5 Stars Out Of 5
August 10, 2011
The Reformed Reader
The Family at Church: Listening to Sermons and Attending Prayer Meetings
Every pastor or congregant at one time has prayed for revival. Where does revival begin? It begins with corporate prayer and a return to scripture. All revivals, the reformation included, begin with prayer and a return to scripture. Beeke does a service for the church by equipping everyday congregants with tools to teach them, how to listen to a sermon. Too many sermons go unheard. In The Family at Church, Beeke provides a list of things that will help any person/church prepare for revival. Beeke's advice for listening to sermons reminds me of the very actions that took place in Nehemiah 8. In Nehemiah 8 a pulpit was prepared (preparation for revival). Next the word was preached and all were attentive to it (Active listening, with the intent to understand). Not only was the word taught, but the word was explained, so that all could understand (Explanation for everyone present, including children). Finally, the people of God were gathered together as one, in spirit and in prayer. The advice that Beeke offers is not random advice, but is advice which is rooted in scripture and taught as a means to assure God's presence/blessing among his people. Anyone who is a fan of the puritans will be extremely pleased with the book. The book is filled with rich puritan quotes and stories. This book is very simple, short, and easy to understand. The book reminds me of the clichÃ© book series title "small book, big impact." Although Beeke's book in small and simple, if applied the results will have a â€˜major impact" within your congregation/life. I would buy several copies of the book and give them away to your congregants. Discuss this book with a small group within your church or over coffee with friends. The book is on Reformation Heritage's website currently for only $4.50! There is honestly no reason why this should not be dispersed among your congregation! Just to reiterate, if the application of this book is taken seriously, a revival among God's people is certain to erupt.
In Joel Beeke's The Family at Church, Beeke brings to the forefront two aspects of Christian living that are often neglected in the life of the church, listening to sermons and attending prayer meetings. It is only fitting then that the book is broken down in two parts: Listening to Sermons and Attending Prayer Meetings. Beeke begins by pointing out that we live in an age where people do not want to be challenged in regards to spirituality. People love to be challenged at home, at sporting events, or in the workplace, but they want their spirituality to be left alone and for it to be simple. Beeke calls for families start preparation for the Sabbath the night before. Families should strive to me go over the passage or a parallel passage dealing with the text for the upcoming sermon. Families should pray that their hearts, eyes, and ears will be open to hearing from God's word. Next, Beeke calls some to take notes throughout the sermon. For others Beeke admits that this could be a distraction from following the sermon. The reason for note-taking is for the purpose of discussing the sermon at a later time. Rather than hearing the sermon and going about your life, Beeke says the sermon actually begins after the pastor finishes preaching. Beeke calls for congregants to discuss the sermon after church and with their families. Discuss the sermon with other congregants throughout the week. Meditate upon the sermon in your individual devotions. Preach the sermon to yourself. Examine your life according to the commands called for in the sermon. For a reformation or revival to take place within the church, not only should our listening habits be revisited, but also our attention to prayer must be accompanied with it.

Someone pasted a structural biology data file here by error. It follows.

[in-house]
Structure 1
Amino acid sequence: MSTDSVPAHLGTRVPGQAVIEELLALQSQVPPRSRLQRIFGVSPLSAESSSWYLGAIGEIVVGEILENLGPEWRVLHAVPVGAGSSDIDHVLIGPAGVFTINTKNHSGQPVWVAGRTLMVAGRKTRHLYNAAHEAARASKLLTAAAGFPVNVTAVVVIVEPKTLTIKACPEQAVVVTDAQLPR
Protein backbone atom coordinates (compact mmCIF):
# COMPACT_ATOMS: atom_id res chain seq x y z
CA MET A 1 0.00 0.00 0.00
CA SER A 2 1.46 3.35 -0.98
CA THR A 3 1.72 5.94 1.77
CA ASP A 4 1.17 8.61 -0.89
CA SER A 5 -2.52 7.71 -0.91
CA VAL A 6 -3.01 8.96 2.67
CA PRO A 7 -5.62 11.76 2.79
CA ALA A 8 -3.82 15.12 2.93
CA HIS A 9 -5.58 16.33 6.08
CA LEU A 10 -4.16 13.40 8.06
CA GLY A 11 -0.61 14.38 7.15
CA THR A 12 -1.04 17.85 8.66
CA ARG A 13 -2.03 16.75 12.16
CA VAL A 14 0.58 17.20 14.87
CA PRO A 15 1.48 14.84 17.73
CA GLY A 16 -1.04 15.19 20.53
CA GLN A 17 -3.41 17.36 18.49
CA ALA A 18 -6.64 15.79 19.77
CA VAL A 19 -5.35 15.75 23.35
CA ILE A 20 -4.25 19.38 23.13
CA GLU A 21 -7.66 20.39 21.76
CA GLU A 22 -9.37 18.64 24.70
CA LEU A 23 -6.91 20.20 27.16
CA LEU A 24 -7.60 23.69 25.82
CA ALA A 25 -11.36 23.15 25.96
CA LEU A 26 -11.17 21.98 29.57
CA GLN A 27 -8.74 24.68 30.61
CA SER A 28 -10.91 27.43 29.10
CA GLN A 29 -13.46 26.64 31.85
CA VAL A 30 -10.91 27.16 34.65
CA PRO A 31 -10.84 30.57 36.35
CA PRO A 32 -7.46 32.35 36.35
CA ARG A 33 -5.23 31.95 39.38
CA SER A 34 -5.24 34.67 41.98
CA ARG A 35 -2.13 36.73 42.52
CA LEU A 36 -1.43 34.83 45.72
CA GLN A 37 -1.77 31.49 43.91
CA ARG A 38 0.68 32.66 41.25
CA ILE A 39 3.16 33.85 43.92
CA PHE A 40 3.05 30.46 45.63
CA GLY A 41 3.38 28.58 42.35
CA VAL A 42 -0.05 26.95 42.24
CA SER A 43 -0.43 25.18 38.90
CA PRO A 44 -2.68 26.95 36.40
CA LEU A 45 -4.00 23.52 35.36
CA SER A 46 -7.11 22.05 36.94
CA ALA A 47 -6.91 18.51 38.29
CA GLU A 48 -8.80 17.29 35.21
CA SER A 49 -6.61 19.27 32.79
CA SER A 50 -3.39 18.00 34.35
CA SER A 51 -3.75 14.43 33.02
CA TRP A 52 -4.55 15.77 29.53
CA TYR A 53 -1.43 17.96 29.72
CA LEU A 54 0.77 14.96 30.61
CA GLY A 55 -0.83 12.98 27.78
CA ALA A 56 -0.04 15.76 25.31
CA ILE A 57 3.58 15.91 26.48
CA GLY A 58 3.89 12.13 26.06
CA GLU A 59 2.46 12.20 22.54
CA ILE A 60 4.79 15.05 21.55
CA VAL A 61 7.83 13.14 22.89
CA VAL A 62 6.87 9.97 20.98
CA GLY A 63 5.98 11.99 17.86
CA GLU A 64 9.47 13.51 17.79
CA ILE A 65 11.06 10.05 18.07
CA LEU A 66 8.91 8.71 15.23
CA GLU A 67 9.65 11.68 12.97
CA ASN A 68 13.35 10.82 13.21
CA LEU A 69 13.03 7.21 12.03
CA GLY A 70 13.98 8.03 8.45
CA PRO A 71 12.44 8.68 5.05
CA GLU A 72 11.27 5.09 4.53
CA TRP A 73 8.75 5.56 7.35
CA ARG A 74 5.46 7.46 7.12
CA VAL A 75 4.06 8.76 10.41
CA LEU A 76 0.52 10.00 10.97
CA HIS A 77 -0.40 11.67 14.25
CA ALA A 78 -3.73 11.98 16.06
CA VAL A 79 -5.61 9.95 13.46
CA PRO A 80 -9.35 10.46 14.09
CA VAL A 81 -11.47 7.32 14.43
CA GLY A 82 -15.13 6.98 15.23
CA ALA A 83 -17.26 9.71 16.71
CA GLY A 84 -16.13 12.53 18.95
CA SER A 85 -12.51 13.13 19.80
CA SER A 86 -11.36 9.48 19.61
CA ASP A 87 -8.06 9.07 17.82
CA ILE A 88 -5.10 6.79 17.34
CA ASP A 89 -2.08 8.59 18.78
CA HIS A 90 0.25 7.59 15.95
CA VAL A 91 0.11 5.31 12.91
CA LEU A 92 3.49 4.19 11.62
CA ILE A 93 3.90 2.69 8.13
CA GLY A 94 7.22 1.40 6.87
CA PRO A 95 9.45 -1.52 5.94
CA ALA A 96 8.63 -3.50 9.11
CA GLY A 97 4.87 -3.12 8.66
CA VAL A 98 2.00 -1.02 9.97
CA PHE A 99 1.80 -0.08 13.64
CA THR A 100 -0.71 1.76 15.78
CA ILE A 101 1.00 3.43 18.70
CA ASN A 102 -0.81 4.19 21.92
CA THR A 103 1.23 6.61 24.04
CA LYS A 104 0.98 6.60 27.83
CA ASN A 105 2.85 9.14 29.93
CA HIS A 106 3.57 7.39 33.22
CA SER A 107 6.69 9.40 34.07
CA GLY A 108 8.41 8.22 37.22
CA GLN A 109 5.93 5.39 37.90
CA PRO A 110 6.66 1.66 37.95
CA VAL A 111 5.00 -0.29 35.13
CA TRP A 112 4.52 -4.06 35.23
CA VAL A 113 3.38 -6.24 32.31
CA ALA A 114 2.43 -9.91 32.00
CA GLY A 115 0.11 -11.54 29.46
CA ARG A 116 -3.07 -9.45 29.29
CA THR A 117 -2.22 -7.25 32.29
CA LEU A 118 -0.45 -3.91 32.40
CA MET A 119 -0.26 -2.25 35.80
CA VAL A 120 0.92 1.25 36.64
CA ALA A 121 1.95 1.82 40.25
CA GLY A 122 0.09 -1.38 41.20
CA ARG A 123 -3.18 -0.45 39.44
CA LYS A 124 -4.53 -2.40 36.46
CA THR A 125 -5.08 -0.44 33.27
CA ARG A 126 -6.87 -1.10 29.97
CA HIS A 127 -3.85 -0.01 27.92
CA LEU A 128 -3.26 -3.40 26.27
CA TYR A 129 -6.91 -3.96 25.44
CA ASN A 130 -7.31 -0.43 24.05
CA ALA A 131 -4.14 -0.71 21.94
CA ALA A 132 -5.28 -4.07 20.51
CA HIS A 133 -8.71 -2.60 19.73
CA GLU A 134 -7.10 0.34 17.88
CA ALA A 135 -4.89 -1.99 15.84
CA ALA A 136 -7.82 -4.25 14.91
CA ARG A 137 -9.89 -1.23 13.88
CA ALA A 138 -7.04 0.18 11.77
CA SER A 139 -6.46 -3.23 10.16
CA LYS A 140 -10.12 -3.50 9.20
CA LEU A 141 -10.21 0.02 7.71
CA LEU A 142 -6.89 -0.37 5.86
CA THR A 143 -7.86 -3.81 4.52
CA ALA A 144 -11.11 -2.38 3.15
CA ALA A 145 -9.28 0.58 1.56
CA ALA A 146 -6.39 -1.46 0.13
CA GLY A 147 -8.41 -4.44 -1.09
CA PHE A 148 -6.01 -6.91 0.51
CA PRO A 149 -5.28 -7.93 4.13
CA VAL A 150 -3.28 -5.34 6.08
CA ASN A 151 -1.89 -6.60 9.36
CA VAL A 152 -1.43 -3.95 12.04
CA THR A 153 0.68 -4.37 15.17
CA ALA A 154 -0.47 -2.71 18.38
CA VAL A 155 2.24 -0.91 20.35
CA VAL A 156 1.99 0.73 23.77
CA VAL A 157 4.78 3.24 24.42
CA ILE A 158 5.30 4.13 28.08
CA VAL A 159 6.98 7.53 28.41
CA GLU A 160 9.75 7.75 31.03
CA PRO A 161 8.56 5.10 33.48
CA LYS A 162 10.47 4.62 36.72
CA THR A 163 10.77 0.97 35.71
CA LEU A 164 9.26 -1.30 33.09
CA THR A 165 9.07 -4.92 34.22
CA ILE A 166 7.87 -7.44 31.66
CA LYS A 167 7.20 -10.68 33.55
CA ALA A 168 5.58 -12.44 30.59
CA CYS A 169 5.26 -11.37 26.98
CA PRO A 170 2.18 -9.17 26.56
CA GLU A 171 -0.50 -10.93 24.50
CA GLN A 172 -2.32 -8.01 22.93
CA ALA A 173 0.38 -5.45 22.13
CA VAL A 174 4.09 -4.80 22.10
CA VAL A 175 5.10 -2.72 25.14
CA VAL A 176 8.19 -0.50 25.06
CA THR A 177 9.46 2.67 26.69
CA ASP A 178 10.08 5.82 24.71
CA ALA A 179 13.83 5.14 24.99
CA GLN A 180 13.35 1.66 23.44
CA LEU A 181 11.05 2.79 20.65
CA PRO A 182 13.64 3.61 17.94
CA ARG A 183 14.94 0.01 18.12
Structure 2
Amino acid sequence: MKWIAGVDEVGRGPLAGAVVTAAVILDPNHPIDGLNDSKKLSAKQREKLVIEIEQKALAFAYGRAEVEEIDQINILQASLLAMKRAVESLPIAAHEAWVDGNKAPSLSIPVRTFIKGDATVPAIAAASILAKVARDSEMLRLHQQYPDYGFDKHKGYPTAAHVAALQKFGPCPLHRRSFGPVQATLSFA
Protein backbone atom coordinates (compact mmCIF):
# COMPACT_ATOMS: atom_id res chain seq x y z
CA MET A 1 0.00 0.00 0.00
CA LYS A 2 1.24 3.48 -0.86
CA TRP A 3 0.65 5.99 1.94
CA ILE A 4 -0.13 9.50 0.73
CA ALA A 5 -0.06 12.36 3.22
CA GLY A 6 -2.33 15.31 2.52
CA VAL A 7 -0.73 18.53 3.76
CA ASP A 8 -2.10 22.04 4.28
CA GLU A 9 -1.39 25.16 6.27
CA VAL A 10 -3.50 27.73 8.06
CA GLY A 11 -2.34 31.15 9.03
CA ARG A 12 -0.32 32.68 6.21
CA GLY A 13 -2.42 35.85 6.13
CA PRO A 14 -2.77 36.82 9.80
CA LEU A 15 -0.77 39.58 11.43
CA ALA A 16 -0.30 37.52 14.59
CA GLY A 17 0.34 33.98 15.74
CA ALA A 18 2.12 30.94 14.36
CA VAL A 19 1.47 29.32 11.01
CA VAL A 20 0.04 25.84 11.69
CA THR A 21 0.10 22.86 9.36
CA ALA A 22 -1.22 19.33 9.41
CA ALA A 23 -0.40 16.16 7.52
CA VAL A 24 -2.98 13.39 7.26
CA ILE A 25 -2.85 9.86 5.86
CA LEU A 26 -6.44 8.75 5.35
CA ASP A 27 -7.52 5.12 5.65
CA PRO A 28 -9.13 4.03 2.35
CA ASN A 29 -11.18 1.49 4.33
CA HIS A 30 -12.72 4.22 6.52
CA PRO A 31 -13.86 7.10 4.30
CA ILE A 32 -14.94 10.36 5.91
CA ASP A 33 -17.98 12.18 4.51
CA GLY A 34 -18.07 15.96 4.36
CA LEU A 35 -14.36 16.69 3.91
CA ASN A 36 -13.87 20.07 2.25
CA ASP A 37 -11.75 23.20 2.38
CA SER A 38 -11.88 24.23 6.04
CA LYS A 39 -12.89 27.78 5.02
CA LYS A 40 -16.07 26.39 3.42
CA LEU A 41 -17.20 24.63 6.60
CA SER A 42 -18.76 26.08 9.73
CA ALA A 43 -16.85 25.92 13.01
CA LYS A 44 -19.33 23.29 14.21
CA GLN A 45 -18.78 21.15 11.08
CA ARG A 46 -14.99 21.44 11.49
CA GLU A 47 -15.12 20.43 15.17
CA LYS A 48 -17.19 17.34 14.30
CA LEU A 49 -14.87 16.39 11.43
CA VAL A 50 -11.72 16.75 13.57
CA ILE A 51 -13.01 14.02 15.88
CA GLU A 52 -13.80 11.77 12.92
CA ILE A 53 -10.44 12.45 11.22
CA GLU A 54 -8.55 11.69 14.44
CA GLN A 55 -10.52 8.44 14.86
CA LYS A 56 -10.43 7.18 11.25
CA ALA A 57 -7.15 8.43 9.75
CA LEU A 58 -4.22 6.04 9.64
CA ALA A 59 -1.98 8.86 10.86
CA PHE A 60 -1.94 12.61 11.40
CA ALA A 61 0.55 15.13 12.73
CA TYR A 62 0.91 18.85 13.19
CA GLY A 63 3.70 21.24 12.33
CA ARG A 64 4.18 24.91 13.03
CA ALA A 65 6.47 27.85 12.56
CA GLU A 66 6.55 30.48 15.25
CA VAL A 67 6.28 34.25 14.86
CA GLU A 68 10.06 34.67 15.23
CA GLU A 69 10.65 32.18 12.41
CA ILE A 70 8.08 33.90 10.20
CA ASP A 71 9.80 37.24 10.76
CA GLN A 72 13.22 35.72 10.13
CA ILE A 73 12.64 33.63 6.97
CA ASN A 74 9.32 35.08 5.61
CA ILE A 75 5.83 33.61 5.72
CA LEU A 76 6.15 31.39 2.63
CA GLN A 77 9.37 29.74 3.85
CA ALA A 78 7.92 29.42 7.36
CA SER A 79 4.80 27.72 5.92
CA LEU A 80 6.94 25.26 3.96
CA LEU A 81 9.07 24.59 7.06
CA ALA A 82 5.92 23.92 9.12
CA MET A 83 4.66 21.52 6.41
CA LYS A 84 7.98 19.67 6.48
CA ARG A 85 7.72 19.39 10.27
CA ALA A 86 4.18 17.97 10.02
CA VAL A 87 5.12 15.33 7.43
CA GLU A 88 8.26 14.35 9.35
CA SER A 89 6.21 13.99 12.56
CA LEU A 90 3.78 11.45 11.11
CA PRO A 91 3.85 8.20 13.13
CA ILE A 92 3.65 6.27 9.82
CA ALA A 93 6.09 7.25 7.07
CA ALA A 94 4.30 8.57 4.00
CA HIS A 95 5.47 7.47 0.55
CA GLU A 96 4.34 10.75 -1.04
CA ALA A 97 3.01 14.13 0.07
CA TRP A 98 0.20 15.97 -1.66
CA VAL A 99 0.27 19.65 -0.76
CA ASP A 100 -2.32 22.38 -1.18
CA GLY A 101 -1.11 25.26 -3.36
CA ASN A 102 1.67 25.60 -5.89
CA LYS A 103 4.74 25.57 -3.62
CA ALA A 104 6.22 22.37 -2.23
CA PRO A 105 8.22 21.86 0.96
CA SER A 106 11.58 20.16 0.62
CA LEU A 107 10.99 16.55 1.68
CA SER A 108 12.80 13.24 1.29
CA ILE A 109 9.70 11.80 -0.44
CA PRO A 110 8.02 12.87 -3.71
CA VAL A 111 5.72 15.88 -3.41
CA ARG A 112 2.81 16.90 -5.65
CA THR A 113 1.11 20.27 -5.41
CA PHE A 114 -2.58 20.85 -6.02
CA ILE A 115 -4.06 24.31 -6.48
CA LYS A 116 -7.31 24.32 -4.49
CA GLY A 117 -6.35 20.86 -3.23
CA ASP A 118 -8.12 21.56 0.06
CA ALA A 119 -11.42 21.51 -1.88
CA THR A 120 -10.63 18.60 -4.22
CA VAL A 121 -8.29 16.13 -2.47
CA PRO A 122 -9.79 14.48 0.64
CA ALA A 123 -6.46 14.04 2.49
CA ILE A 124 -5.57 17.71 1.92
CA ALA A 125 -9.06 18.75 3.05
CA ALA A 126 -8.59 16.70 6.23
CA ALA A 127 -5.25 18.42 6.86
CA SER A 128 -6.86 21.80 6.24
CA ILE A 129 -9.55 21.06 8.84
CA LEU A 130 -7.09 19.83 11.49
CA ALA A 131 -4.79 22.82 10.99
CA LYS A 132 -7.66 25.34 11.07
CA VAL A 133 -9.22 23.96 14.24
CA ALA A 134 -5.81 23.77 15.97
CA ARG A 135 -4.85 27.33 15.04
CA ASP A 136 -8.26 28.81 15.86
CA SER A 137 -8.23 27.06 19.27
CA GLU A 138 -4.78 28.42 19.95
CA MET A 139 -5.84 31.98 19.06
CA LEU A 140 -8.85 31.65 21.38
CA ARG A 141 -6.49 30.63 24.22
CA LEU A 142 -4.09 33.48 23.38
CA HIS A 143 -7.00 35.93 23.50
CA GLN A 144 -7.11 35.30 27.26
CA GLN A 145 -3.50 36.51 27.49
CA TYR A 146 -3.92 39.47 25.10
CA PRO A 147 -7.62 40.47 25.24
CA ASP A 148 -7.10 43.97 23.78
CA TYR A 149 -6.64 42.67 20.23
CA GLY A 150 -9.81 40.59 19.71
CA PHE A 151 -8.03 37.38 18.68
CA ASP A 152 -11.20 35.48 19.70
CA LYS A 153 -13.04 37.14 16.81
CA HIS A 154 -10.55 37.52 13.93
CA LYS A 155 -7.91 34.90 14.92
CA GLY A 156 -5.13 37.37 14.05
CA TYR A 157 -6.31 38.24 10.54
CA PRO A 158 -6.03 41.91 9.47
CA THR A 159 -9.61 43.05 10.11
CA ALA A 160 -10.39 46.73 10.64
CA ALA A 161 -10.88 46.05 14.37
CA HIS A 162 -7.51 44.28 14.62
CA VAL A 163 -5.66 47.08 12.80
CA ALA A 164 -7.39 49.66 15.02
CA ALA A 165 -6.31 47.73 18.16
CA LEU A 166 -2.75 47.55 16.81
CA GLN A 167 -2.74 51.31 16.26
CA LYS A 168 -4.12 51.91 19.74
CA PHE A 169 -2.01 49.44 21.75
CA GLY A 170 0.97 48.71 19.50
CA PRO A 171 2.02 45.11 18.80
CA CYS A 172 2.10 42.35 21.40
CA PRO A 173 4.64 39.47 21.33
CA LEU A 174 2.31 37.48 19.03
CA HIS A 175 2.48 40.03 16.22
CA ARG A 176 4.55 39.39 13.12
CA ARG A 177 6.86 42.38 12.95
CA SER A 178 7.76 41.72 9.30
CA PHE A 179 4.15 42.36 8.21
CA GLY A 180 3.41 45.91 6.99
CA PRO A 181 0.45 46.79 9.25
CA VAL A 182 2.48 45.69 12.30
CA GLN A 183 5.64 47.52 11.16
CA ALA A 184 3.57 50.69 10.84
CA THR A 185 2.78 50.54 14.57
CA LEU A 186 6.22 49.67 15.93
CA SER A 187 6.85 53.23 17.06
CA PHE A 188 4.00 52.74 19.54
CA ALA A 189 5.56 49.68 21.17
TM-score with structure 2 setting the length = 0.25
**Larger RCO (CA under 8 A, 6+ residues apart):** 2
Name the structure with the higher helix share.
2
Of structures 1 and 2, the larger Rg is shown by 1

Beeke in the second section of the book examines the importance of prayer meetings within the life of the church. Beeke begins by showing scriptures high regard for prayer meetings. Beeke then shows how history gives testimony to the fact that all great revivals in past have begun with the people of God coming together in prayer. After Beeke's biblical and historical analysis of prayer meetings, Beeke describes what a typical prayer meeting should look like. Beeke concludes the book by explaining why it is vital that the church take heed to his call.
Publisher: Reformation Trust
Publication Date: 2004
Binding Type: Paperback
Book Grade: A
~The Reformed Reader~